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In the following image, regarding a CD shop that rents its music CDs.

enter image description here

My question is regarding the correct multiplicity of X. I can think of several possibilities for X:

  1. X= 1..1 as each copy of CD can rented by one member only at one time. All copies are assumed to be rented at some point.
  2. X= 0..1 as each copy of CD may be rented by one member only at one time. Perhaps some CDs are never rented out.
  3. X= 0..N as each copy of CD may be rented to any member during CD's lifetime at the shop (but it should not be at the same time)

Could you please clarify this point for me?

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  • Seems to me you are missing an entity, Rental, which would serve as a junction table between Member and CD, and include the start and end dates, among other things. Your business rule is that the rentals for a CD may not overlap, i.e. only one member can rent a CD at a time.
    – John Wu
    Commented Nov 18, 2021 at 0:56

1 Answer 1

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The multiplicities represent the number of possible links between instances of the associated classes, i.e. at any guiven moment in time.

  1. 1..1 is highly improbable here since it would mean that every CD is rented out at any given moment in time to exactly one Member. This would require that for every CD returned to the shop there’s immediately another customer ready to rent it instantly.

  2. 0..1 is a very reasonable approach if your design intends to show the current situation of CD with no history: at any moment in time a CD is either rented by a member or not, but the same CD would not be linked anymore to the members who previously rented it. This kind of design could make sense in many cases. But in a rental business it's less practical: you sometimes need to find the customer who rented it before the cursomer who is on the phone because she realised the jacket is empty.

  3. 0..* is also a very reasonable approach, especially if you want to keep track of the rental history. It does not say however what the multiple members mean. You could therefore enrich the diagram with a constraint specifying that there cannot be overlaps in the rental periods.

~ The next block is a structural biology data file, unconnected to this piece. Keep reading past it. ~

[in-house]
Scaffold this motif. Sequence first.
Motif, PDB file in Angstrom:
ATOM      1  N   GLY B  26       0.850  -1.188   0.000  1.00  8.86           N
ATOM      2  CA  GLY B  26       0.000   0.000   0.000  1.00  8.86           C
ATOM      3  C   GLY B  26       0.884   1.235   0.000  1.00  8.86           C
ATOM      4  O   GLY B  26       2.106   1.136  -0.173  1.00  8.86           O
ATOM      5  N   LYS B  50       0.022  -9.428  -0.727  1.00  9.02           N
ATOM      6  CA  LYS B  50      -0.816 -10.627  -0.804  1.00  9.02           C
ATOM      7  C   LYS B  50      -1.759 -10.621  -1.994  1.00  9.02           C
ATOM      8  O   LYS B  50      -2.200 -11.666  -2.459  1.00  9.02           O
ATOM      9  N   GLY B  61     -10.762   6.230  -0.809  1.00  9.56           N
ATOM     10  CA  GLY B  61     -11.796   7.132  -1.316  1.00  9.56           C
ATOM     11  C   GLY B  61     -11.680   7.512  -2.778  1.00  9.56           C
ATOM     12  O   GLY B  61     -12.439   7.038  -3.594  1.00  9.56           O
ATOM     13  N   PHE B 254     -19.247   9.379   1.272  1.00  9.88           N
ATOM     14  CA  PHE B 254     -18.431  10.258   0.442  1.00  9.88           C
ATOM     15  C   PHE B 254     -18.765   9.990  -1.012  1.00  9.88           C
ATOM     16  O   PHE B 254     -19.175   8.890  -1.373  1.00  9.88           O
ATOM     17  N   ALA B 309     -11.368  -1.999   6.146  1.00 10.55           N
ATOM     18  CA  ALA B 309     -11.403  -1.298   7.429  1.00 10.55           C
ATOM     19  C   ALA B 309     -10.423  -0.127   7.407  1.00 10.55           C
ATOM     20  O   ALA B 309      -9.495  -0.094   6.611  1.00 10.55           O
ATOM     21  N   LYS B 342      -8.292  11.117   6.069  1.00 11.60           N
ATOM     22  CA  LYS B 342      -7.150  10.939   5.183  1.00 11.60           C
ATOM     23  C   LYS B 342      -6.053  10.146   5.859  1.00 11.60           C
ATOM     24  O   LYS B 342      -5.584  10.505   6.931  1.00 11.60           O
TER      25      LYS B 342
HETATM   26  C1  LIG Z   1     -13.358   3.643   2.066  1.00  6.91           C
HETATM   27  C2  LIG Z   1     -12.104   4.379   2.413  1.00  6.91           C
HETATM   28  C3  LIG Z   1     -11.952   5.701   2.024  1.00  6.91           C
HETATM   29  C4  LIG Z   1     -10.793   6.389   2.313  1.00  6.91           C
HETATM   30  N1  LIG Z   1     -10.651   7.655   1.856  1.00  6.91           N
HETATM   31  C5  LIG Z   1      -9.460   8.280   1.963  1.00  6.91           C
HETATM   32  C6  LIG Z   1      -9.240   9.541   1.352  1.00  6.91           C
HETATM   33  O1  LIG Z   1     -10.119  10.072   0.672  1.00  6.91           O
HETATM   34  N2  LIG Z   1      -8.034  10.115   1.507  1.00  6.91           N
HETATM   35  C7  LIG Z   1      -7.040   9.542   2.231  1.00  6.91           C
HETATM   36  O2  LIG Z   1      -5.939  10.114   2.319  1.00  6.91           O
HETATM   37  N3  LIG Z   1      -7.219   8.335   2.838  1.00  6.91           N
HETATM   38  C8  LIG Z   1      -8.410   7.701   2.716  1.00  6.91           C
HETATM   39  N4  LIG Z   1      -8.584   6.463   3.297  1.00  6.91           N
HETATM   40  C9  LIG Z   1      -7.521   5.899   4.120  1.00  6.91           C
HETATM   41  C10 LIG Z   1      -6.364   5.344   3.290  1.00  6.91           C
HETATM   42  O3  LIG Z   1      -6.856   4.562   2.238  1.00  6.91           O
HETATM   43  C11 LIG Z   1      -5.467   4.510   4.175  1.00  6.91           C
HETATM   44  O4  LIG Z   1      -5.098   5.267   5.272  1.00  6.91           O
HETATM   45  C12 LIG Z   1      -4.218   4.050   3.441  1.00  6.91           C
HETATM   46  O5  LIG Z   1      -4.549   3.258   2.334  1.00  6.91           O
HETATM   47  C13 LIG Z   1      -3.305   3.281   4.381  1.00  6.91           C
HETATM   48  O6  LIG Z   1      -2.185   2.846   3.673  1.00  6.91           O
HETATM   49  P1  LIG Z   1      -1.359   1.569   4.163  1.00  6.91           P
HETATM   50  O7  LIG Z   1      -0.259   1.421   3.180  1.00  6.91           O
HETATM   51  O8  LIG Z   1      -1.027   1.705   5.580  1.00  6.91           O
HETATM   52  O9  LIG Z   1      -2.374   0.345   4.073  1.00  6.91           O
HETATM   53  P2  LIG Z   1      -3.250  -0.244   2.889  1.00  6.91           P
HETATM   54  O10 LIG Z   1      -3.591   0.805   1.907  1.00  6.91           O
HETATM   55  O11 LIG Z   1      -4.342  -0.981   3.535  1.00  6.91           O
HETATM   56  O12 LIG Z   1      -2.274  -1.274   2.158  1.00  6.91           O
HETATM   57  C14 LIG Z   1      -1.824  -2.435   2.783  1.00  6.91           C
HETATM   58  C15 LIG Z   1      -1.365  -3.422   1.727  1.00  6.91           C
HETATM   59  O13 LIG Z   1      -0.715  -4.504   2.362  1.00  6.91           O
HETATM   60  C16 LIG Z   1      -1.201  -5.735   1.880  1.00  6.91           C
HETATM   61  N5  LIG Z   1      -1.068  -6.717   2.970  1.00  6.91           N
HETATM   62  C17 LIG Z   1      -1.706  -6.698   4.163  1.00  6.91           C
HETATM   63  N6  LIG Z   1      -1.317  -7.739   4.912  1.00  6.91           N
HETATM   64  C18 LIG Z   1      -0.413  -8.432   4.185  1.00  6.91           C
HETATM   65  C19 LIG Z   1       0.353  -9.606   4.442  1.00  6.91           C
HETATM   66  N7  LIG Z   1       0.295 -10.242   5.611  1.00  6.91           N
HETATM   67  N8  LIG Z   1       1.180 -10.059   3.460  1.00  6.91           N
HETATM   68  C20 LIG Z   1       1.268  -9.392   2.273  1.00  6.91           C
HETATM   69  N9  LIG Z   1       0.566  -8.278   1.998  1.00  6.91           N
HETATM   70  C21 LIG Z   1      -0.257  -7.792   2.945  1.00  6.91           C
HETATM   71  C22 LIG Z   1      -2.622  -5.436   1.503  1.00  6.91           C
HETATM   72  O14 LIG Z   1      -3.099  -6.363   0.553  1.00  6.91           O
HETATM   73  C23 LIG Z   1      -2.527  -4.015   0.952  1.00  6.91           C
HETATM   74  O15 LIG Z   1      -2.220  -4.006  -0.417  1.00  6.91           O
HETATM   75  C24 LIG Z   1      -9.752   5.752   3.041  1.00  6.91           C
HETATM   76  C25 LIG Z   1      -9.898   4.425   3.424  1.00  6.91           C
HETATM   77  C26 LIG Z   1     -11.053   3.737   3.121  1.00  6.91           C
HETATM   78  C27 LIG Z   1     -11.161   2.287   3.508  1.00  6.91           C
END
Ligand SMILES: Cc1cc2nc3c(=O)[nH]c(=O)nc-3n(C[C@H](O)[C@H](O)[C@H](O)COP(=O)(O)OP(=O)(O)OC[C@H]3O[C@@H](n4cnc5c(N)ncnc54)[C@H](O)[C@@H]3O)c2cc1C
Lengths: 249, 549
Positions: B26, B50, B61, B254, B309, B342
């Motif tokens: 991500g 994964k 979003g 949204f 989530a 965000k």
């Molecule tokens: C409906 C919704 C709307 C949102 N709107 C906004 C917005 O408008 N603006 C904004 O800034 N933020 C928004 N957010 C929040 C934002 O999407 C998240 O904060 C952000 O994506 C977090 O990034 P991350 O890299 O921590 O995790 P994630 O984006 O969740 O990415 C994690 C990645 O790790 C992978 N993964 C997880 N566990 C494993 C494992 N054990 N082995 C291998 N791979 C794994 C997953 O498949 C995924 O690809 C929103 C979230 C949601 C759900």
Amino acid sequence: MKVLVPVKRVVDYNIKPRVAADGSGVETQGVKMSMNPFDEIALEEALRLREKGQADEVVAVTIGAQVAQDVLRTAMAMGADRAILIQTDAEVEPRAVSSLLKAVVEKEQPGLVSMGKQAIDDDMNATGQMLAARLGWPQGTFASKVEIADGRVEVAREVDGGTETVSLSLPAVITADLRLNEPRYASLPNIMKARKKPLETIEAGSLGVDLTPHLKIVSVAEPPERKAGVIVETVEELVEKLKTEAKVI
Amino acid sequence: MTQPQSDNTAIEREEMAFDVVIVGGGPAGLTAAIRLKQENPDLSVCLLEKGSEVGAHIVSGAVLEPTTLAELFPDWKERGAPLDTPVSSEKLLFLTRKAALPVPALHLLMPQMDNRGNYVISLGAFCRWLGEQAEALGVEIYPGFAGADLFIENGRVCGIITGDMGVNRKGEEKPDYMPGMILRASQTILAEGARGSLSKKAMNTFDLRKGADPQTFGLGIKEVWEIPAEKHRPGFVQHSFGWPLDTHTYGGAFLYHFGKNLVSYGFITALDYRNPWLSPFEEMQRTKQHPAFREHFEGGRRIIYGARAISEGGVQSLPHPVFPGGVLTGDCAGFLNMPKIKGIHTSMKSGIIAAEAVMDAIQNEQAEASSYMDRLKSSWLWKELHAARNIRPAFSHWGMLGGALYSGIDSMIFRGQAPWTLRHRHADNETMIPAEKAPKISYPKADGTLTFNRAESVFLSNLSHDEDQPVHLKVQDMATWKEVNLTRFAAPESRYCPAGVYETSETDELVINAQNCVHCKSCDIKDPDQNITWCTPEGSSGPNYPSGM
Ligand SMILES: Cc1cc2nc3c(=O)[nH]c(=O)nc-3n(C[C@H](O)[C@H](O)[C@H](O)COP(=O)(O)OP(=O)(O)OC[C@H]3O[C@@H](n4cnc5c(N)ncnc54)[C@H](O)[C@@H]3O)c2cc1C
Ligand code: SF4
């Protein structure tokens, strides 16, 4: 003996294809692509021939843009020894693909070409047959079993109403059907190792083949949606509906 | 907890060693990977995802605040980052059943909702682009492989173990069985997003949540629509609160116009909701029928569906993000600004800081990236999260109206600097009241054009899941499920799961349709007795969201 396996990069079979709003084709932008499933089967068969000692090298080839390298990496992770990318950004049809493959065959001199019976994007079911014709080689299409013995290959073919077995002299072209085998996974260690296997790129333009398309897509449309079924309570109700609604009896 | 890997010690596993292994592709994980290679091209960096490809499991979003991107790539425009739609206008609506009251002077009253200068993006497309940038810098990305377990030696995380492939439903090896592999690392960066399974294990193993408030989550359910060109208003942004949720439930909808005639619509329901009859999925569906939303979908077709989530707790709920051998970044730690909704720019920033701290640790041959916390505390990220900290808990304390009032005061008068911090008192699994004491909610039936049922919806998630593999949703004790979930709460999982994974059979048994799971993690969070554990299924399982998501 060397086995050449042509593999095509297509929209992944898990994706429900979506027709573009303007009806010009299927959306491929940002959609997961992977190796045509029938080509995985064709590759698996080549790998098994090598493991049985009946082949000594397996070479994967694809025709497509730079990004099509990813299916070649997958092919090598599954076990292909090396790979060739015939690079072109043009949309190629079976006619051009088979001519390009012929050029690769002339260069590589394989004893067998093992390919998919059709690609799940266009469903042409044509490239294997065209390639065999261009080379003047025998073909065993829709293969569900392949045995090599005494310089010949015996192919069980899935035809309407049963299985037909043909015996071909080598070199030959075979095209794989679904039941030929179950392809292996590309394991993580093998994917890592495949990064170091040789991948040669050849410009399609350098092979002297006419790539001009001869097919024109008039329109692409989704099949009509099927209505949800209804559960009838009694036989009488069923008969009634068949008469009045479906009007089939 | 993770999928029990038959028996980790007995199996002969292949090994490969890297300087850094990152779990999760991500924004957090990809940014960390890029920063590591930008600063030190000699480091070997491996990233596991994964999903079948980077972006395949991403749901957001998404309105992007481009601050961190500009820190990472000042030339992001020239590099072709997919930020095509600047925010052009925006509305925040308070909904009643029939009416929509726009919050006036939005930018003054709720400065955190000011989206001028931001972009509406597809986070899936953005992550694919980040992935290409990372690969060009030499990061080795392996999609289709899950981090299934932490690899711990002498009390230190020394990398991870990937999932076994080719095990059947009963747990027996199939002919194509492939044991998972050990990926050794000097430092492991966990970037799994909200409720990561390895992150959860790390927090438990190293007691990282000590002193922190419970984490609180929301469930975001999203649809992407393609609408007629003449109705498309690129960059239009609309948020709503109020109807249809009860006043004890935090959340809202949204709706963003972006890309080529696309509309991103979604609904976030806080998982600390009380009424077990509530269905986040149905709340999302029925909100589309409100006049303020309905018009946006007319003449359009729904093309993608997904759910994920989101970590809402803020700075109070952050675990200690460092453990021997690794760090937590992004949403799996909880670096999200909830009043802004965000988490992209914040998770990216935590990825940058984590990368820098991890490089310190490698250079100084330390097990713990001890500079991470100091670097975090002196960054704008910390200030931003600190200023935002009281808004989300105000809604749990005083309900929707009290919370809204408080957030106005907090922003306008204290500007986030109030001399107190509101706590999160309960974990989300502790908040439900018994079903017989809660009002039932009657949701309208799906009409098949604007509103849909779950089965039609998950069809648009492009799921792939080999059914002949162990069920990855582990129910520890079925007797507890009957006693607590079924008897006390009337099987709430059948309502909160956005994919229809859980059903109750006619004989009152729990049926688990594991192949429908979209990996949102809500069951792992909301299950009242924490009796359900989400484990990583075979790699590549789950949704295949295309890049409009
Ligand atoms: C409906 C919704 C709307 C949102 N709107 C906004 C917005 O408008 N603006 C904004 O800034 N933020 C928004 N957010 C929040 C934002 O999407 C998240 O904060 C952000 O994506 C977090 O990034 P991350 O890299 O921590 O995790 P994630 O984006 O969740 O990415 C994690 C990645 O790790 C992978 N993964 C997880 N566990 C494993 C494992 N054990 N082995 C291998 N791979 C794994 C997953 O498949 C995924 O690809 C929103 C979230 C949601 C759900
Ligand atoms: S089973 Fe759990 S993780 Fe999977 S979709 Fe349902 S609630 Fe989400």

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  • Thanks for the answer. I did not know about constraints in class diagrams. If multiplicities represent the number of possible links between instances of the associated classes, i.e. at any given moment in time, doesn't that mean option 3 (as is and without constraints) is not correct? How would one show history and constraints then (whether in design or implementation)?
    – Karl 17302
    Commented Nov 17, 2021 at 3:44
  • @user17302 option 3 would not be incorrect without constraints. It's the meaning of the association that is different. For option 2 it would mean "(now still) renting" whereas in option 3 it would mean "rented (including the ones not yet returned)". The constraint is not required for option 3, it's just a possibility we have to express additional knowledge. In a real-world renting application, I'd probably go for 3 (many to many association), and would make it an association class, to keep track of the renting periods, billing details and other time dependent properties.
    – Christophe
    Commented Nov 17, 2021 at 7:59
  • @user17302 unfortunately the name of the association doesn't help to disambiguate: "rent" is in the present which is common practice for association names regardless of the chronolgy of the association. "rented by" could suggest an historical perspective ("by whom was this CD rented last year") but one can argue that it's just the passive of "rent". If it's an exercise you'd need to find some other clues. In the real life, you'd disambiguate in a conversation with the shop owner.
    – Christophe
    Commented Nov 17, 2021 at 8:06
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    There could even be two relationships, one 0..1 for who is renting it now, and also a 0..N for the rental history.
    – Simon B
    Commented Nov 17, 2021 at 10:43
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    @SimonB indeed. And one could even be a subsetting of the other (or a derived of the other, with the / notation)
    – Christophe
    Commented Nov 17, 2021 at 13:20

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